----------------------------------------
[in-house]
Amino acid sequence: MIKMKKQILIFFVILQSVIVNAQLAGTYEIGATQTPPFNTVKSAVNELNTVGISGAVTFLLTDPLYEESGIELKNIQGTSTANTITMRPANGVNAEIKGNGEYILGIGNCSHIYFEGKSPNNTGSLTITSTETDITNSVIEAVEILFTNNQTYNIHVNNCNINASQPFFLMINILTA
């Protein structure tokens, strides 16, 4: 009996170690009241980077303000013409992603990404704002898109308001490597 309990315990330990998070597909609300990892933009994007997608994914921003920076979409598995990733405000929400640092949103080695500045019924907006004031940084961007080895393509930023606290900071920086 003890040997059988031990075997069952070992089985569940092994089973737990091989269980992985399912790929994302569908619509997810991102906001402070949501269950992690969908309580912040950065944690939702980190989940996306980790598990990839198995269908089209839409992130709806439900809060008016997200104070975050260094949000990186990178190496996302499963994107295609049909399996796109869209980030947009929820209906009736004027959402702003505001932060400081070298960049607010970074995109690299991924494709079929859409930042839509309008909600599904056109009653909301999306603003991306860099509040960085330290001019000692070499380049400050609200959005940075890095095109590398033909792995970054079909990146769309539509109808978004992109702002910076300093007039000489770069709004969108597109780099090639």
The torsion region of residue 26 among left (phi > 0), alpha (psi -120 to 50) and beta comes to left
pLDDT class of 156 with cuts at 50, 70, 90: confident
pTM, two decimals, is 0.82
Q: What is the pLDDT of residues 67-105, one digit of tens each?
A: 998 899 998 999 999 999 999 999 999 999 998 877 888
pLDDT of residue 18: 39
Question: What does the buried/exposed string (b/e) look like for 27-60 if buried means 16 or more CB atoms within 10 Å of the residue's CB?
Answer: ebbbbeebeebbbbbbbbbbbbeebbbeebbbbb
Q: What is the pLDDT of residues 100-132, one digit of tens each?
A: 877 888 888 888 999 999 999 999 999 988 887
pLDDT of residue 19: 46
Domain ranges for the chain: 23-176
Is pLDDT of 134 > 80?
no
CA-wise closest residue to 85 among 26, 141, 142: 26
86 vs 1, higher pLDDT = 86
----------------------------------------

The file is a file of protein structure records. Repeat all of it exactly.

[in-house]
Amino acid sequence: MIKMKKQILIFFVILQSVIVNAQLAGTYEIGATQTPPFNTVKSAVNELNTVGISGAVTFLLTDPLYEESGIELKNIQGTSTANTITMRPANGVNAEIKGNGEYILGIGNCSHIYFEGKSPNNTGSLTITSTETDITNSVIEAVEILFTNNQTYNIHVNNCNINASQPFFLMINILTA
């Protein structure tokens, strides 16, 4: 009996170690009241980077303000013409992603990404704002898109308001490597 309990315990330990998070597909609300990892933009994007997608994914921003920076979409598995990733405000929400640092949103080695500045019924907006004031940084961007080895393509930023606290900071920086 003890040997059988031990075997069952070992089985569940092994089973737990091989269980992985399912790929994302569908619509997810991102906001402070949501269950992690969908309580912040950065944690939702980190989940996306980790598990990839198995269908089209839409992130709806439900809060008016997200104070975050260094949000990186990178190496996302499963994107295609049909399996796109869209980030947009929820209906009736004027959402702003505001932060400081070298960049607010970074995109690299991924494709079929859409930042839509309008909600599904056109009653909301999306603003991306860099509040960085330290001019000692070499380049400050609200959005940075890095095109590398033909792995970054079909990146769309539509109808978004992109702002910076300093007039000489770069709004969108597109780099090639």
The torsion region of residue 26 among left (phi > 0), alpha (psi -120 to 50) and beta comes to left
pLDDT class of 156 with cuts at 50, 70, 90: confident
pTM, two decimals, is 0.82
Q: What is the pLDDT of residues 67-105, one digit of tens each?
A: 998 899 998 999 999 999 999 999 999 999 998 877 888
pLDDT of residue 18: 39
Question: What does the buried/exposed string (b/e) look like for 27-60 if buried means 16 or more CB atoms within 10 Å of the residue's CB?
Answer: ebbbbeebeebbbbbbbbbbbbeebbbeebbbbb
Q: What is the pLDDT of residues 100-132, one digit of tens each?
A: 877 888 888 888 999 999 999 999 999 988 887
pLDDT of residue 19: 46
Domain ranges for the chain: 23-176
Is pLDDT of 134 > 80?
no
CA-wise closest residue to 85 among 26, 141, 142: 26
86 vs 1, higher pLDDT = 86